The atmosphere on Hurtigruten is informal and relaxed
NORWAY: The name is to some extent misleading. Hurtigruten means the speedy liner, but time is something you have plenty of when travelling with Hurtigruten, The pace of the tour is charming leisurely Most of it goes in slow motion that is 18 knots cruising on each of the 11 ships that sail along the coast between Bergen and Kirkenes in Norway. That means you have plenty of time to catch countryside glides past and constantly gets more dramatic the further north the ship arrives.
Hurtigruten is a stress-free zone. You have plenty of time to help yourself with food, from generous buffets and hot meals in the restaurant, but also to visit towns with colourful buildings, places that remind me of houses in Legoland. The most intriguing, however, the sea, the coast and the midnight sun. Yes, even the gray weather has so many shades it seems a bit ghostly.
“A journey in Norway’s beautiful scenery,” writes Hurtigruten on its website, and asks for 2.000 Euro in May for the 11-day voyage from Bergen to Kirkenes and back. Included in the price are a cabin and three daily meals. The cheapest round trips available in December cost 1.500 Euro. Most expensive is the peak season from June to August when tourists from around the world come to experience this classic ride, the scenery and the midnight sun, which hopefully shines from May to the first week in August.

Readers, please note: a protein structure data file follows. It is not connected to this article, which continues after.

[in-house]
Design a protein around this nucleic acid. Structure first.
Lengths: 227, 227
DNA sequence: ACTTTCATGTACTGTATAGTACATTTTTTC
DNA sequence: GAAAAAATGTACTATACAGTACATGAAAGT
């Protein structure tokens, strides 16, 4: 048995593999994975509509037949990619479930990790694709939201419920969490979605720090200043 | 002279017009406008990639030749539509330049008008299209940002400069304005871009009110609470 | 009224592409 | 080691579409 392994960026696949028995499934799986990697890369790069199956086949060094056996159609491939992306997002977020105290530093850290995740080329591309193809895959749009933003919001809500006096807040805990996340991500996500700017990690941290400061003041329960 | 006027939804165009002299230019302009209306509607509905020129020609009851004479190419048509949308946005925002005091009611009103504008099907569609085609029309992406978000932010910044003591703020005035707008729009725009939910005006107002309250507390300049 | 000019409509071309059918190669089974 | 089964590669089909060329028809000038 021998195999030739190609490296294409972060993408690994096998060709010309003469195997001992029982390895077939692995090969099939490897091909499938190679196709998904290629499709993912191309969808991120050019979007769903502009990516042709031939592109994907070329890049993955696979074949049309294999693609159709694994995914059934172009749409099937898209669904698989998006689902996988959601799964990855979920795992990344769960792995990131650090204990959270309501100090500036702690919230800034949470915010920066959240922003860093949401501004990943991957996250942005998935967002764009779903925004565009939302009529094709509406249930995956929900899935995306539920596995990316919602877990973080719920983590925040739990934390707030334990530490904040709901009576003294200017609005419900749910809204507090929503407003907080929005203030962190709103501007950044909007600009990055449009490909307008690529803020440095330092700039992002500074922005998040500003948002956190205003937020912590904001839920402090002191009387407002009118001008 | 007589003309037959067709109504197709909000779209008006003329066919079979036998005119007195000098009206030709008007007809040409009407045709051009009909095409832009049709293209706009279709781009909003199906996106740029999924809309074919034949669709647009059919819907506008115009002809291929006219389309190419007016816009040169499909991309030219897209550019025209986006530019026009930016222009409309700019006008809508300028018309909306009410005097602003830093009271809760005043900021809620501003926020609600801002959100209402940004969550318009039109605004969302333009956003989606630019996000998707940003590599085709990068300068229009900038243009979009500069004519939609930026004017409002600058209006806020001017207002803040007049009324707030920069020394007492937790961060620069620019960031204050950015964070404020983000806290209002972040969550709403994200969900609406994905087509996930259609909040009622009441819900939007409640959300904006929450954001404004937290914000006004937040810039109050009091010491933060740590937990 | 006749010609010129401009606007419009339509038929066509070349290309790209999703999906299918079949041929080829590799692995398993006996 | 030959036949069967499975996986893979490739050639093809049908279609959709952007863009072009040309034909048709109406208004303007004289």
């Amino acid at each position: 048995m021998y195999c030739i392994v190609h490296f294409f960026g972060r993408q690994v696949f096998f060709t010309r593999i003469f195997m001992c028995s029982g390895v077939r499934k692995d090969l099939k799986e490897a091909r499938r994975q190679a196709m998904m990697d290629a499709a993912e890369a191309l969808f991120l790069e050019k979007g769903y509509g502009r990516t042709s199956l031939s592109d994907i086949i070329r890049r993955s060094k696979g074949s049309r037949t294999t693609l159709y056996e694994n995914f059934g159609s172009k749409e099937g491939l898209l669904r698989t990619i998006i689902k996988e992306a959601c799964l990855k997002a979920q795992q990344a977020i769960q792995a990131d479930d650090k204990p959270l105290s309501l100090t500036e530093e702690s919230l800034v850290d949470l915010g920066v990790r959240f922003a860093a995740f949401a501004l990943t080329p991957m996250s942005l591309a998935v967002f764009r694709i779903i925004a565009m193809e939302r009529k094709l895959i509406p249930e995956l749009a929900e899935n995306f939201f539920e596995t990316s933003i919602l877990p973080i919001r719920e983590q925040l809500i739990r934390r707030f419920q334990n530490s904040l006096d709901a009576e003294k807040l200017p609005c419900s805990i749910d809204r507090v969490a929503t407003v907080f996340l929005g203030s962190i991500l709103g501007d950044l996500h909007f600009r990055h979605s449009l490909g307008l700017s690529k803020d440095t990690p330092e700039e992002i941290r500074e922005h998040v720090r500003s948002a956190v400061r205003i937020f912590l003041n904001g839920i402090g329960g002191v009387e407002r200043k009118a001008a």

But you don’t need to book the big round trip to experience Hurtigruten. It is possible to join for a short trip somewhere in Norway and travel north or south. It is also possible to leave the ship anywhere and then take the next. This is the voyage of opportunities – the narrow fjords, spectacular mountains and islands plus calls at 34 ports, including cities like Trondheim, Bodø, Harstad and Tromsø.
Taste of the Coast
The philosophy behind the food served is “Taste the Coast”, ingredients of local origin, such as dried cod, Pollock, crab, Arctic char, reindeer and fresh cod. It is said that Americans are not so thrilled about whale meat. “Local food ties Hurtigruten even closer to the coastal culture,” one chef said.
The atmosphere is informal and relaxed. This is not a cruise where you change for dinner. The passengers are a mix of tourists and the local population that is on board a few hours and then leave at one of the following ports. You meet either in the dining room, in one of the lounges with panoramic views or on the deck to watch the sky and sea, rock formations and grand entrance to next port. The bar is also open until late at night. Actually, it is also interesting to observe each call – to meet the locals at the port area or just experience what happens on the dock people swarms around like busy bees to load, unload, lift and move. Many port calls at night is quietly.